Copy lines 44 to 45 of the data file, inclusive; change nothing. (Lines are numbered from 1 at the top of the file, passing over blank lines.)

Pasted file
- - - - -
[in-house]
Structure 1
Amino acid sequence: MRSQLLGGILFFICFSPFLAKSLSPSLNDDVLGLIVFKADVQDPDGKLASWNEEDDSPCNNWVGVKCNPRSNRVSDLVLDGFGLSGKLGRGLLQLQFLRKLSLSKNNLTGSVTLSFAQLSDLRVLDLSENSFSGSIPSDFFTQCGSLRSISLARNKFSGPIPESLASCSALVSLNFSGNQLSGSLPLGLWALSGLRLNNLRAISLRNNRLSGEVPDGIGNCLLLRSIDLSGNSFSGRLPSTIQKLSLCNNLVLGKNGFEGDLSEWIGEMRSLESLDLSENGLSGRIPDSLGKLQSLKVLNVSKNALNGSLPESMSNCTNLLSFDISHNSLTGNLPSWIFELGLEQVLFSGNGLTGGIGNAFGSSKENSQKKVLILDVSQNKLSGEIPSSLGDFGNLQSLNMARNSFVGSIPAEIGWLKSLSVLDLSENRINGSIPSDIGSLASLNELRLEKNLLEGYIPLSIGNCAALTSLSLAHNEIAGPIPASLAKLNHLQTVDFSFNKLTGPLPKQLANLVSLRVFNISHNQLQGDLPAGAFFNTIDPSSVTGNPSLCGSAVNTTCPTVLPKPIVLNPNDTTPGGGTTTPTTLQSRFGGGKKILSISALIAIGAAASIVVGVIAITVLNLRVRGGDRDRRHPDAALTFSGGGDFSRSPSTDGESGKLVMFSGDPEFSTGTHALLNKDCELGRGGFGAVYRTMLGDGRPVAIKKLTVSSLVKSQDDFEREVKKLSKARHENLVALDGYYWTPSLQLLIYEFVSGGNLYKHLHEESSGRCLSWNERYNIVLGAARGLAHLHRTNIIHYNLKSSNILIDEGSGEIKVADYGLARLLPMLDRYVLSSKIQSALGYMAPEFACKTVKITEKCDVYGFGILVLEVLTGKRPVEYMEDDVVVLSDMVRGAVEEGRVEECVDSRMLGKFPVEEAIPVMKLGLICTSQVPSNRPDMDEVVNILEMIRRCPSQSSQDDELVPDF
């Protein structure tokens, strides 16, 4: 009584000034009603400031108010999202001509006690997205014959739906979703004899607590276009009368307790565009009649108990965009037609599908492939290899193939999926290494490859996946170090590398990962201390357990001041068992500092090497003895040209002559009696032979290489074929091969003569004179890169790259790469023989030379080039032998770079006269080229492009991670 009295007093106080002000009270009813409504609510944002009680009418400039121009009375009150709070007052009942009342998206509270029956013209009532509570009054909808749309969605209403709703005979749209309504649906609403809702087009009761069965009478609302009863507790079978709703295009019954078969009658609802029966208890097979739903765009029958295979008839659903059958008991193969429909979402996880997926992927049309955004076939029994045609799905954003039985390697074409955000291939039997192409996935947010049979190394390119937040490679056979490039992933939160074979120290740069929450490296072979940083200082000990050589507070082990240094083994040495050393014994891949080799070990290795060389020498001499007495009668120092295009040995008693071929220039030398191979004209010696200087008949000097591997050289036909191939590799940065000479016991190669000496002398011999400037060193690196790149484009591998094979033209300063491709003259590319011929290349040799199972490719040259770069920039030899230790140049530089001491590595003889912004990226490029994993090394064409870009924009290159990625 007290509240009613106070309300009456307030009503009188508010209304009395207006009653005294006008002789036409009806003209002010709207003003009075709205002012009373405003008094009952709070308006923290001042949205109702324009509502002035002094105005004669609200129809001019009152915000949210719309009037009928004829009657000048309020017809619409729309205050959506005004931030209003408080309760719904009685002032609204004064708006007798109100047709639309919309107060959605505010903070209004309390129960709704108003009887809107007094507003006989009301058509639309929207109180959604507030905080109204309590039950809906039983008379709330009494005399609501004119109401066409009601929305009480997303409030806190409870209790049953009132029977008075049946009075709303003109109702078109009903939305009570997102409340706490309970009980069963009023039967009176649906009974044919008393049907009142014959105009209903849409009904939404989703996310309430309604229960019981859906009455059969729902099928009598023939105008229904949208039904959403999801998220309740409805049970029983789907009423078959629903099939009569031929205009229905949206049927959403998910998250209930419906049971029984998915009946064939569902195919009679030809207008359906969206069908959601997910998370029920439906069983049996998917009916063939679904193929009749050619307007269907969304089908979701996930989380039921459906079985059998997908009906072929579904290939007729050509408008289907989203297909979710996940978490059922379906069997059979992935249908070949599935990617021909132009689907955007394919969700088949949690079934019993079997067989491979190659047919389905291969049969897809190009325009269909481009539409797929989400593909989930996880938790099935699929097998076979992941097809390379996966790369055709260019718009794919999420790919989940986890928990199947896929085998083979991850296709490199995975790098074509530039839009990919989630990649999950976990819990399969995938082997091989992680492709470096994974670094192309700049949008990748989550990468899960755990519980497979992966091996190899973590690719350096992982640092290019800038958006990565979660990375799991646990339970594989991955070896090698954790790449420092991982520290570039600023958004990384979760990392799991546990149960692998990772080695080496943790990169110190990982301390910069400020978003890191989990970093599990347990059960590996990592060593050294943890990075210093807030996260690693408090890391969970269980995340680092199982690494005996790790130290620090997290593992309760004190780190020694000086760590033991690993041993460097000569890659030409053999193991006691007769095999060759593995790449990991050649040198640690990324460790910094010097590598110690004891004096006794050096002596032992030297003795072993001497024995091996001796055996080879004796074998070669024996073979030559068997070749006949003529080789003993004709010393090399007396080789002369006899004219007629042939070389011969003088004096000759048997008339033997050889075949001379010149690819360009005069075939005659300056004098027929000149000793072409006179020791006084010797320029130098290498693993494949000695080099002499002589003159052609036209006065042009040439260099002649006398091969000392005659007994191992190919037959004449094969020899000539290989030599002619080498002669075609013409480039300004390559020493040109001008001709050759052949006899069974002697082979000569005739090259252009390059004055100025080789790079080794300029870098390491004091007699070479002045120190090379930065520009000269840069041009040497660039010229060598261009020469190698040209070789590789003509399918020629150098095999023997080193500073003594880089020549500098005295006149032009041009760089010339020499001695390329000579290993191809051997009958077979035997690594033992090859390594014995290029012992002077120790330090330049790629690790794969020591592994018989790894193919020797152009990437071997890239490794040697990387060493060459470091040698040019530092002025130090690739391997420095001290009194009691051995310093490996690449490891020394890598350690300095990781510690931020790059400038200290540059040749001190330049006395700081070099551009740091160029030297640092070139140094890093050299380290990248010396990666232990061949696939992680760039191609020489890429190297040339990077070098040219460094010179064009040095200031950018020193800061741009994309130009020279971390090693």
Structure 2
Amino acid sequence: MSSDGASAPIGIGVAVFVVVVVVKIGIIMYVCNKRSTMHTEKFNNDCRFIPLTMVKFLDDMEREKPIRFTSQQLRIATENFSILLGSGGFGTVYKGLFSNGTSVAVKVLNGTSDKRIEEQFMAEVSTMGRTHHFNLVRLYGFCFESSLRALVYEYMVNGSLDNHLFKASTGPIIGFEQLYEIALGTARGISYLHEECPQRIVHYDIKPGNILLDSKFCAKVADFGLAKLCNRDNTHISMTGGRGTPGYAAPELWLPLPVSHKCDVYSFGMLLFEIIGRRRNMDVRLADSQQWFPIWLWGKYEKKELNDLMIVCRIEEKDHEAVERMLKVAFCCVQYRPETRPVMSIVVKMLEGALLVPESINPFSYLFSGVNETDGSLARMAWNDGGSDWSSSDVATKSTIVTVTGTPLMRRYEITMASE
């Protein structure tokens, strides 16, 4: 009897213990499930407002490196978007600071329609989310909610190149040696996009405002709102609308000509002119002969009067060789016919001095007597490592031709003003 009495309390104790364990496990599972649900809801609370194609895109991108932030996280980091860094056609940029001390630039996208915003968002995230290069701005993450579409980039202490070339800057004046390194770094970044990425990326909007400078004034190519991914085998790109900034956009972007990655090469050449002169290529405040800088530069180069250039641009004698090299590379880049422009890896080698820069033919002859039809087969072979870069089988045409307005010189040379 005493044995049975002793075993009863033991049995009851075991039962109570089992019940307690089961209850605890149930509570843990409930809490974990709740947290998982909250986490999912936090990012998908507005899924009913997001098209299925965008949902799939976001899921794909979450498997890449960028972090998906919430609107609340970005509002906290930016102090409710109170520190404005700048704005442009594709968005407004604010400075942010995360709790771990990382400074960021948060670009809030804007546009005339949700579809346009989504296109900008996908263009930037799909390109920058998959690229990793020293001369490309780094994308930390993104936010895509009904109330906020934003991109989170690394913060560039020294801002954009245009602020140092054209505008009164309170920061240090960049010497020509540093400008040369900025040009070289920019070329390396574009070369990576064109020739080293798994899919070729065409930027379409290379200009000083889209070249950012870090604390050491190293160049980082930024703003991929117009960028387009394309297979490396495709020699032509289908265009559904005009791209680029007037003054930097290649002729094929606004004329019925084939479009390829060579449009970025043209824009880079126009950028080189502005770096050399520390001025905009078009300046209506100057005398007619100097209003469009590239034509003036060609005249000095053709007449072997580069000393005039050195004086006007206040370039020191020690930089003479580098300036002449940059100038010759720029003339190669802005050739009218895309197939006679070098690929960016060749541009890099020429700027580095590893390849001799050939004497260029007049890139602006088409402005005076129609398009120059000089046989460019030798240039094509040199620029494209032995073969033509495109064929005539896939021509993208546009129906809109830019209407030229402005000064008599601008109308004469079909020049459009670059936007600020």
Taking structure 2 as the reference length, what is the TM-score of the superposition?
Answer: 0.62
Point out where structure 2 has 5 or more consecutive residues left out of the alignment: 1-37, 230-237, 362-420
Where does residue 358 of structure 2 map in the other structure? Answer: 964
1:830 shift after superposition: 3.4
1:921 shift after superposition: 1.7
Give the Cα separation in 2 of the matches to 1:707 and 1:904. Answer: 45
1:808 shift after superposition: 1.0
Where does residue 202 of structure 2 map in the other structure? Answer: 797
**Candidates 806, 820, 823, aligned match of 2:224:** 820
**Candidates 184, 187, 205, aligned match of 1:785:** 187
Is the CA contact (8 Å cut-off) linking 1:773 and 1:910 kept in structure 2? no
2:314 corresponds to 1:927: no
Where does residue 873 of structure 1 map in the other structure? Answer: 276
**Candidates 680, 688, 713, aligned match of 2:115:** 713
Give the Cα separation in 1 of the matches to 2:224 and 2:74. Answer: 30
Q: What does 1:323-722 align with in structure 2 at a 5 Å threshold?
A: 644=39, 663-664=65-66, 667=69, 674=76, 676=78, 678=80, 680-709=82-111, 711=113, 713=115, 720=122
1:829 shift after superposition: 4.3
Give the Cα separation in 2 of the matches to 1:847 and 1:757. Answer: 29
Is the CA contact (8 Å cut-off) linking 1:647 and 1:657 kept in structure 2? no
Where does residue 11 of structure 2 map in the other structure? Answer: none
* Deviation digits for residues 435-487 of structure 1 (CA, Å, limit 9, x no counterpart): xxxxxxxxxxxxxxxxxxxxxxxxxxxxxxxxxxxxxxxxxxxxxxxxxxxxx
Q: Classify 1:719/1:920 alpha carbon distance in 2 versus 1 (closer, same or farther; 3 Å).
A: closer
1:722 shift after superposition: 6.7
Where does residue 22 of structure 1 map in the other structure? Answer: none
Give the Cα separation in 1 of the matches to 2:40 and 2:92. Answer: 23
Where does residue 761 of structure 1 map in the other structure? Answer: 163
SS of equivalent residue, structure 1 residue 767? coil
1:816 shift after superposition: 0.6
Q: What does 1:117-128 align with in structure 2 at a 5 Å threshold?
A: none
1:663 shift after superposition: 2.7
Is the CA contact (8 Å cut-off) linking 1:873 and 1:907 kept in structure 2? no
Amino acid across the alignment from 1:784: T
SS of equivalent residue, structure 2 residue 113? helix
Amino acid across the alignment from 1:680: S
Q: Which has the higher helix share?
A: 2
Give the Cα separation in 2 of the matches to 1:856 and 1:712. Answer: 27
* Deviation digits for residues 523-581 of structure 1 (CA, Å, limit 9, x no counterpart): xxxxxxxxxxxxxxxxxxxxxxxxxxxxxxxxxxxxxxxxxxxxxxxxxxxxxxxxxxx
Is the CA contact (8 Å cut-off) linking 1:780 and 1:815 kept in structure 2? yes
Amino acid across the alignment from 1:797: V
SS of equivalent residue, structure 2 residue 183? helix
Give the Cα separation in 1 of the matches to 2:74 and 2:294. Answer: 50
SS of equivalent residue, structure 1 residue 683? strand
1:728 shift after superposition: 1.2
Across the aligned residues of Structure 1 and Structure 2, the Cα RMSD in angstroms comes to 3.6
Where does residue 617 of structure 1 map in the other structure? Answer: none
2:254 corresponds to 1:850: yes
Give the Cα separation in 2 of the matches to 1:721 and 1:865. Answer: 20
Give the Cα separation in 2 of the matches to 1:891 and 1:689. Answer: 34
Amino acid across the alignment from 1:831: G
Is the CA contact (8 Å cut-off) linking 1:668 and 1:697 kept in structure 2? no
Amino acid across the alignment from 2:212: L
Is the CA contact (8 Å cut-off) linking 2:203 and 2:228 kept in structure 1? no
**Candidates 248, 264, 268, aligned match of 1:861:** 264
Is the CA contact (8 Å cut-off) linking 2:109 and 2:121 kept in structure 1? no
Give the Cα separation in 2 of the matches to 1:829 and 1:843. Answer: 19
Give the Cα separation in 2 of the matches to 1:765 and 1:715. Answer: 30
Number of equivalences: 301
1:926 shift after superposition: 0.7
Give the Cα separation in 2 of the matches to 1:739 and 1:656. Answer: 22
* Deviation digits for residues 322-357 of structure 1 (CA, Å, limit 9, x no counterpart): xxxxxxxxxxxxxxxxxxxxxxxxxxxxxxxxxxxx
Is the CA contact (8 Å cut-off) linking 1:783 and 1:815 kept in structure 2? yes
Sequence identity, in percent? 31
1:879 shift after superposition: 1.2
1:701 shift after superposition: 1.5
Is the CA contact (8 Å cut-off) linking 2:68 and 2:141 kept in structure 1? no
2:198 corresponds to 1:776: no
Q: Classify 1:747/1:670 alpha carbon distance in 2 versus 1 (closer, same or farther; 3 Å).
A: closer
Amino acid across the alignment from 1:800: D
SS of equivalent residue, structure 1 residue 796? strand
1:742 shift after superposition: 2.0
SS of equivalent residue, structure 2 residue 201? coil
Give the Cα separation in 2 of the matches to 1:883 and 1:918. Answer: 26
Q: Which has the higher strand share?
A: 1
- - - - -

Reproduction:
SS of equivalent residue, structure 2 residue 113? helix
Amino acid across the alignment from 1:680: S